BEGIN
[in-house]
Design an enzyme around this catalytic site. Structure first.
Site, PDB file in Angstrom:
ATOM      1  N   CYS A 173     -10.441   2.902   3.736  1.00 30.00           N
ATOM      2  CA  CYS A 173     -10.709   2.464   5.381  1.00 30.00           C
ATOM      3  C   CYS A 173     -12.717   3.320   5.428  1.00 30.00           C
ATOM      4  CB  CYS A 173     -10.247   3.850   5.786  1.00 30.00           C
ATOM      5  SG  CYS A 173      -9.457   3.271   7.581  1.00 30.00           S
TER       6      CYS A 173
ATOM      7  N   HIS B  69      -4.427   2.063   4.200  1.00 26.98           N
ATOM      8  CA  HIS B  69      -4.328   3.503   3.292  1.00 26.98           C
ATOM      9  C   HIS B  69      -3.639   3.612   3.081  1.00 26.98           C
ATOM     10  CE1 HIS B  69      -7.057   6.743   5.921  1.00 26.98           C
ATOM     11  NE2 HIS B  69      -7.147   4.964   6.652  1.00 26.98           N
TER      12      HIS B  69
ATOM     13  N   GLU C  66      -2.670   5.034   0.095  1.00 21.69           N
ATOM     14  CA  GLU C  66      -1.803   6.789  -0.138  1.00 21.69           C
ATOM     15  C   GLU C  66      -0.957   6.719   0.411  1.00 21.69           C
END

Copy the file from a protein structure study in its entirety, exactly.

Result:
[in-house]
Design an enzyme around this catalytic site. Structure first.
Site, PDB file in Angstrom:
ATOM      1  N   CYS A 173     -10.441   2.902   3.736  1.00 30.00           N
ATOM      2  CA  CYS A 173     -10.709   2.464   5.381  1.00 30.00           C
ATOM      3  C   CYS A 173     -12.717   3.320   5.428  1.00 30.00           C
ATOM      4  CB  CYS A 173     -10.247   3.850   5.786  1.00 30.00           C
ATOM      5  SG  CYS A 173      -9.457   3.271   7.581  1.00 30.00           S
TER       6      CYS A 173
ATOM      7  N   HIS B  69      -4.427   2.063   4.200  1.00 26.98           N
ATOM      8  CA  HIS B  69      -4.328   3.503   3.292  1.00 26.98           C
ATOM      9  C   HIS B  69      -3.639   3.612   3.081  1.00 26.98           C
ATOM     10  CE1 HIS B  69      -7.057   6.743   5.921  1.00 26.98           C
ATOM     11  NE2 HIS B  69      -7.147   4.964   6.652  1.00 26.98           N
TER      12      HIS B  69
ATOM     13  N   GLU C  66      -2.670   5.034   0.095  1.00 21.69           N
ATOM     14  CA  GLU C  66      -1.803   6.789  -0.138  1.00 21.69           C
ATOM     15  C   GLU C  66      -0.957   6.719   0.411  1.00 21.69           C